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Development and evaluation of quantitative imaging for improved estimation of radiopharmaceutical bio-distribution in small animal imaging

Attarwala, Ali Asgar

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Abstract

Quantitative imaging techniques like Positron Emission Tomography (PET) and Single Photon Emission Computed Tomography (SPECT) are an essential part of the treatment planning based on dosimetry in targeted radiation therapy. Apart from Fluorine-18 (18F), the potential of various other radionuclides with respect to the development of new radiopharmaceuticals which can be used for both diagnostic and therapeutic applications are increasingly under investigation. Three such radionuclides that are attractive for further research are Gallium-68 (68Ga), Copper-64 (64Cu) and Zirconium-89 (89Zr). To determine the performance of a PET or a SPECT, the National Electrical Manufacturing Association (NEMA) has published a standard set of protocols. However, there are limitations with the NEMA method with respect to the determination of the spatial resolution. Firstly, it does not take into account the overall behavior of the point spread function (PSF). Secondly, it has a very limited scope for a validation or a quality check criterion and thus the error of the calculated full width at half maximum (FWHM) cannot be determined.

In the first part of this work, the aim was to quantitatively develop, evaluate and improve the performance characteristics of the PET and SPECT subsystem of the Albira II pre-clinical tri-modal system (Bruker BioSpin MRI GmbH, Ettlingen, Germany) for the radionuclides 18F, 68Ga, 64Cu and 89Zr (PET) and 99mT (SPECT). In this study, the sensitivity and spatial resolution characteristics of the systems based on a developed point source phantom were furthermore investigated for each of the radionuclides and compared with the NEMA protocol results based on measurements with a 22Na point source. In addition, a new set of protocols was developed for quantitative image reconstruction with the respective systems.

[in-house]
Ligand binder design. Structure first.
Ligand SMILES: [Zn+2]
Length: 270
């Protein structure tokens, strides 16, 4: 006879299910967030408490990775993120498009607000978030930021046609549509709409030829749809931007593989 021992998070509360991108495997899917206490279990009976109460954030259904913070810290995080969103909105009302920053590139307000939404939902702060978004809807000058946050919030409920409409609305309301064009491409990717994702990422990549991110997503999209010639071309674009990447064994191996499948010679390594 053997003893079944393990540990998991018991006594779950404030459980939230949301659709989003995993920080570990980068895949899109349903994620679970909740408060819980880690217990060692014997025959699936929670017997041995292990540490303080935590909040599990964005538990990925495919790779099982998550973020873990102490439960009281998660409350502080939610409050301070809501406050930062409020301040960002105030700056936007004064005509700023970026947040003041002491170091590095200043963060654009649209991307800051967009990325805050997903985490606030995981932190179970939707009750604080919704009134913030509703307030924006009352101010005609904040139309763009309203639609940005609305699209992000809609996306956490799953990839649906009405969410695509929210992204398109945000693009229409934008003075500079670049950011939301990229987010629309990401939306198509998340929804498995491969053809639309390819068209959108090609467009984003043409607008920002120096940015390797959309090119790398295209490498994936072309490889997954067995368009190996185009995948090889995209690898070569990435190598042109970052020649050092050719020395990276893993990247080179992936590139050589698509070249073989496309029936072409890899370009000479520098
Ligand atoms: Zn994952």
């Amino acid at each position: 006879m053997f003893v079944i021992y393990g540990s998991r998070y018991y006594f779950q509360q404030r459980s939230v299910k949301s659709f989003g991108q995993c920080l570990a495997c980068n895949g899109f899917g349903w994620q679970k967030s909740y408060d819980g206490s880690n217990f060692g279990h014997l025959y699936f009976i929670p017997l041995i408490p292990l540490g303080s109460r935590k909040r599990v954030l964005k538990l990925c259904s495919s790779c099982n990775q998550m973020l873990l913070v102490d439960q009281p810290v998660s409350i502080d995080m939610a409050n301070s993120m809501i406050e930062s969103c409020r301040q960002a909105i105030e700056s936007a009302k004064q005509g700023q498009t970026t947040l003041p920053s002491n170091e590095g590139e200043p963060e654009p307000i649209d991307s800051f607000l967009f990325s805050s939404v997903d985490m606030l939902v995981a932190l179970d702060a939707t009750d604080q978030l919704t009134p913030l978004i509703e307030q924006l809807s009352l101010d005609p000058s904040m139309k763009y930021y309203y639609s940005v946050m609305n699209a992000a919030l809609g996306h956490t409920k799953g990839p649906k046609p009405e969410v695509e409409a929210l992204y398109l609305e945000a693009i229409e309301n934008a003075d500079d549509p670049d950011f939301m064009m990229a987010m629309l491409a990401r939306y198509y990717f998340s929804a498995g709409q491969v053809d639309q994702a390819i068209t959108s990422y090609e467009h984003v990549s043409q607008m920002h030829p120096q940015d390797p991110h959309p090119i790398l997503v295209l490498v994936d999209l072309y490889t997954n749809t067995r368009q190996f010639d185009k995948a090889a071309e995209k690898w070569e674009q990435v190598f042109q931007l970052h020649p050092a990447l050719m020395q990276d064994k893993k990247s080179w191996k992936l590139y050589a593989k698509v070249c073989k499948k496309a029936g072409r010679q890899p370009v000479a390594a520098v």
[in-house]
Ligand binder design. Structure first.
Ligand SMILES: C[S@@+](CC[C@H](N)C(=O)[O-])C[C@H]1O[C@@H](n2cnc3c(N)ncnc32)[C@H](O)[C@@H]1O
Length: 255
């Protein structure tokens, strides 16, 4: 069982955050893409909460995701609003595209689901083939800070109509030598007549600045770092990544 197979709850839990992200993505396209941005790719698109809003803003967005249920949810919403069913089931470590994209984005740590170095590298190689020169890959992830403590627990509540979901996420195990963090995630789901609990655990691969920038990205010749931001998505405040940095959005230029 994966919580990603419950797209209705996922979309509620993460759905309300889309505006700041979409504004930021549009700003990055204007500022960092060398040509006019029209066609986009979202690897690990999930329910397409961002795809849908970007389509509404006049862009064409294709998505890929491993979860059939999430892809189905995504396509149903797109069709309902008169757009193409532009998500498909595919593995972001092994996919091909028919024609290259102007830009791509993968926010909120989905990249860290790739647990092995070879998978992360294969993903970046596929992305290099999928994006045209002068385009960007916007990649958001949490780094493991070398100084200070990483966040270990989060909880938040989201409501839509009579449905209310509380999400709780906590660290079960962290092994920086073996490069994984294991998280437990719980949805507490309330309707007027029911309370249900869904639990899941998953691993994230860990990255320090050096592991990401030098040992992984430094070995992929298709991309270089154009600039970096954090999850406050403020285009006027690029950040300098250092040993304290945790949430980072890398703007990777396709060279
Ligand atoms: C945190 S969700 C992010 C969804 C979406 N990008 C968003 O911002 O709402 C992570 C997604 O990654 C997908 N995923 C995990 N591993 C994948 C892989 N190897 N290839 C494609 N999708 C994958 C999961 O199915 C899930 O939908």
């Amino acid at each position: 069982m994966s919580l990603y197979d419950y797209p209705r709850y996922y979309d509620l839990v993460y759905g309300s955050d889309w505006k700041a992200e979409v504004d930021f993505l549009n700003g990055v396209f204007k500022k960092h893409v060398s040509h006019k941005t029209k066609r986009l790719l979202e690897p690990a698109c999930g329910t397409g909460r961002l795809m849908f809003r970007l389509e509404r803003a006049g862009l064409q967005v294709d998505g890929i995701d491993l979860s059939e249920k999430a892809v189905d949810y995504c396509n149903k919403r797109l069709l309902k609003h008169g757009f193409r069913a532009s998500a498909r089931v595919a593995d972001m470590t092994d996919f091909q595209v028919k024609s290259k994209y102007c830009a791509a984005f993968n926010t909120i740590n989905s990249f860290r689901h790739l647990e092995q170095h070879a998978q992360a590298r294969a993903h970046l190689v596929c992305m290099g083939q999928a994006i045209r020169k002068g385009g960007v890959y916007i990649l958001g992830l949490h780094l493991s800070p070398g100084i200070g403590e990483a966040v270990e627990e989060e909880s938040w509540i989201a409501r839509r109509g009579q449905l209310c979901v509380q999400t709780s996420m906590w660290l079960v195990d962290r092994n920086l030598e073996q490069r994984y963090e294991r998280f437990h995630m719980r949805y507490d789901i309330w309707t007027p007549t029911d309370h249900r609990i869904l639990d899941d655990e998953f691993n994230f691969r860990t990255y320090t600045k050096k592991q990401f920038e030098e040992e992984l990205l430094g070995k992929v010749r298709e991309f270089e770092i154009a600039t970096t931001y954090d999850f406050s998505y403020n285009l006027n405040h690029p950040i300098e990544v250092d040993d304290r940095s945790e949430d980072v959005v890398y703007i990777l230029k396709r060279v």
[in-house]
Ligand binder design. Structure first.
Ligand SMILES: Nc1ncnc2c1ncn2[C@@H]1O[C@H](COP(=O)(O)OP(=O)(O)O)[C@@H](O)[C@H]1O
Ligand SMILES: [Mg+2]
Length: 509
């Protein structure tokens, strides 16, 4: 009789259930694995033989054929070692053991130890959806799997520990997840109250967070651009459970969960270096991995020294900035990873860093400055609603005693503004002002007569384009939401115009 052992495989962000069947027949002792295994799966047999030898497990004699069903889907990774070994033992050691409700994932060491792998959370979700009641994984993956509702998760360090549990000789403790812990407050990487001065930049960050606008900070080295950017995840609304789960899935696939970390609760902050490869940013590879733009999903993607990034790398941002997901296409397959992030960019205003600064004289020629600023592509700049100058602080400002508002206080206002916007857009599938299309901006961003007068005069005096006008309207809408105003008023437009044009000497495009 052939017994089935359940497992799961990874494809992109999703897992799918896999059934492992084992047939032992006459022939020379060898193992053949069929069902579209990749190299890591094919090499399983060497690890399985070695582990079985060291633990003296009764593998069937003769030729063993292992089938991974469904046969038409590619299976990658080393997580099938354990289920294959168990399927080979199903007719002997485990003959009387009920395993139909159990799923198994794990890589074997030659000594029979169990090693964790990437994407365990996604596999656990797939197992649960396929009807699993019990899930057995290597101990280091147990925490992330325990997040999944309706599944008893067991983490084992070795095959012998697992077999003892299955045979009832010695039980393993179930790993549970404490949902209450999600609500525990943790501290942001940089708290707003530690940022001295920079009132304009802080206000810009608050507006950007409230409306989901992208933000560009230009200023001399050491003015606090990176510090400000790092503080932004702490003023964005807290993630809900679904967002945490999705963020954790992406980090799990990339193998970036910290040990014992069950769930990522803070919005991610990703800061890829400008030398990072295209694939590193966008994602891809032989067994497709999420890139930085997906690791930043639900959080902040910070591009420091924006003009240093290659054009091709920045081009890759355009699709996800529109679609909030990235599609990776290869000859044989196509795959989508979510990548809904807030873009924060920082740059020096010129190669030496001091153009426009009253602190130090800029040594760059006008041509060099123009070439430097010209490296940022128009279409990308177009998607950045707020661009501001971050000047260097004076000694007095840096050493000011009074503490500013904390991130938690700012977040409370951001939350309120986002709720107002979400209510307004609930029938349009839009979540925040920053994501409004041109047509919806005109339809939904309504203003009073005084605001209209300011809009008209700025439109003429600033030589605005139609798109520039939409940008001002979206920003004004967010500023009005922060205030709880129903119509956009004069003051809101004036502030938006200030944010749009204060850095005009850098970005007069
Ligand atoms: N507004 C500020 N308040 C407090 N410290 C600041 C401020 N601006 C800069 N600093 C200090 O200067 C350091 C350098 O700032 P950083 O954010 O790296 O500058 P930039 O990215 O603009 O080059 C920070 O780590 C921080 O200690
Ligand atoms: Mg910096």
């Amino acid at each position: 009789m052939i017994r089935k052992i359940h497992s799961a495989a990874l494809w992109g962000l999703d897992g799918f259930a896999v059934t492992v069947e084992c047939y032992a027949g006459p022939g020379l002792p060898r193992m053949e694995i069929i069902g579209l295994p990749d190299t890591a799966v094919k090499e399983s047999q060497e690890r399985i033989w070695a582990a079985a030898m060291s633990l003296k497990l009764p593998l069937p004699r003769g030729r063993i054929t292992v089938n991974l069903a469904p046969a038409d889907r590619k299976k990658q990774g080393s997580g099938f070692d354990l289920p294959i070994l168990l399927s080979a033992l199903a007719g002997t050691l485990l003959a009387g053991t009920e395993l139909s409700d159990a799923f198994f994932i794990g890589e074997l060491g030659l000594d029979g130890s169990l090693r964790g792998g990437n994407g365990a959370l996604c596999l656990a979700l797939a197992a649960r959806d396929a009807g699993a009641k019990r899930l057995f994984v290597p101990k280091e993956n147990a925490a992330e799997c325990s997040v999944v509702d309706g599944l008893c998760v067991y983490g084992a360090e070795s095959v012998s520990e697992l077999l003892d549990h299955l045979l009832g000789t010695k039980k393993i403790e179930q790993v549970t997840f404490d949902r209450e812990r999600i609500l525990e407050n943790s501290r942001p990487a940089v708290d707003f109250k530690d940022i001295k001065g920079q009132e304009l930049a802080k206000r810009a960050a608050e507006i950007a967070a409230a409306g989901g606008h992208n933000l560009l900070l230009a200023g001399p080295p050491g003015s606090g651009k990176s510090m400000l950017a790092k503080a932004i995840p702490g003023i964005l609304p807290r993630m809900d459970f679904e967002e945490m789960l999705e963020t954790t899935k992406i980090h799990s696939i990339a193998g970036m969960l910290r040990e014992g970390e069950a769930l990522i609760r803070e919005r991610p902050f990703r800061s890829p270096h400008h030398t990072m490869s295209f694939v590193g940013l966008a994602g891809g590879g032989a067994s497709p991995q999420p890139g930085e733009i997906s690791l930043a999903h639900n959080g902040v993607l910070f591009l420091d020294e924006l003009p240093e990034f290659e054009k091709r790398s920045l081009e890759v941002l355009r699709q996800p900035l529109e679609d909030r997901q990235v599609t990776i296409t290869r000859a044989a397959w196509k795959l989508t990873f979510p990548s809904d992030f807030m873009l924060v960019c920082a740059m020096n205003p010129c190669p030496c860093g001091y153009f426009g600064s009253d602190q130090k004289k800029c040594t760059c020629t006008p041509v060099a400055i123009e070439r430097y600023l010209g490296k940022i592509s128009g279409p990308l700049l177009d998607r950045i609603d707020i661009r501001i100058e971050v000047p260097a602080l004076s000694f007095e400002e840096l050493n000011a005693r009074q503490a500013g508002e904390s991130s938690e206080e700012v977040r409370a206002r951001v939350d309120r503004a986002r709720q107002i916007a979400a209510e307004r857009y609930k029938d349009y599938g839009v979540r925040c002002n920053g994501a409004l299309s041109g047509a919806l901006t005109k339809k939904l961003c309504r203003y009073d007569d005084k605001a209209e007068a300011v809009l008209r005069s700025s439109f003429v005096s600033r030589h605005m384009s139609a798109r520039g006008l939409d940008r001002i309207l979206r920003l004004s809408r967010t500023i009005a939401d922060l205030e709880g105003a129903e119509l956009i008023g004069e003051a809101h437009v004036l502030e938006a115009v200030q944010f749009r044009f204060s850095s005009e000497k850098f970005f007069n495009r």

In the second part of this work, an alternative method to accurately determine the PSF of an imaging system was developed to improve quantification accuracy in dosimetry. The developed method is based on 3-dimensional Gaussian fit functions taking into account the correction for the pixel size and the source dimension. Additionally, the effect of inaccurate determination of the PSF on the partial volume correction and hence the quantification of small structures in a diagnostic image was investigated.

The ability of quantitative image reconstructions was determined based on the recovery coefficients that showed that upto 95% and 60% activity values could be recovered with the PET and SPECT systems, respectively. Overall the system performed satisfactory with respect to the linearity for the activity range (8-10) MBq generally used for pre-clinical imaging for all the investigated radionuclides.

With respect to the determination of the system PSF, the method includes fitting of 3-dimensional functions, validation of fitting quality and choosing the best fit function based on the Akaike information criterion (AIC). The proposed method has advantages that it can better take into account the 3D distribution of the data and additionally yields an estimate for the error of the FWHM calculated from the estimated PSF. Furthermore, the investigation demonstrated that the PSF determined using the NEMA or another inadequate fit function can lead to a relative deviation of more than 40% for the recovery correction of small structures. Thus, the general method developed here can be used for obtaining robust and better reproducible PSFs for performing recovery corrections in PET/SPECT quantification studies and thus is a prerequisite for optimal evaluation of biokinetics in small animal studies.

Item Type: Dissertation
Supervisor: Wenz, Prof. Dr. Frederik
Date of thesis defense: 3 August 2017
Date Deposited: 17 Nov 2017 10:06
Date: 2017
Faculties / Institutes: Medizinische Fakultät Mannheim > Klinik für Strahlentherapie und Radioonkologie
Subjects: 530 Physics
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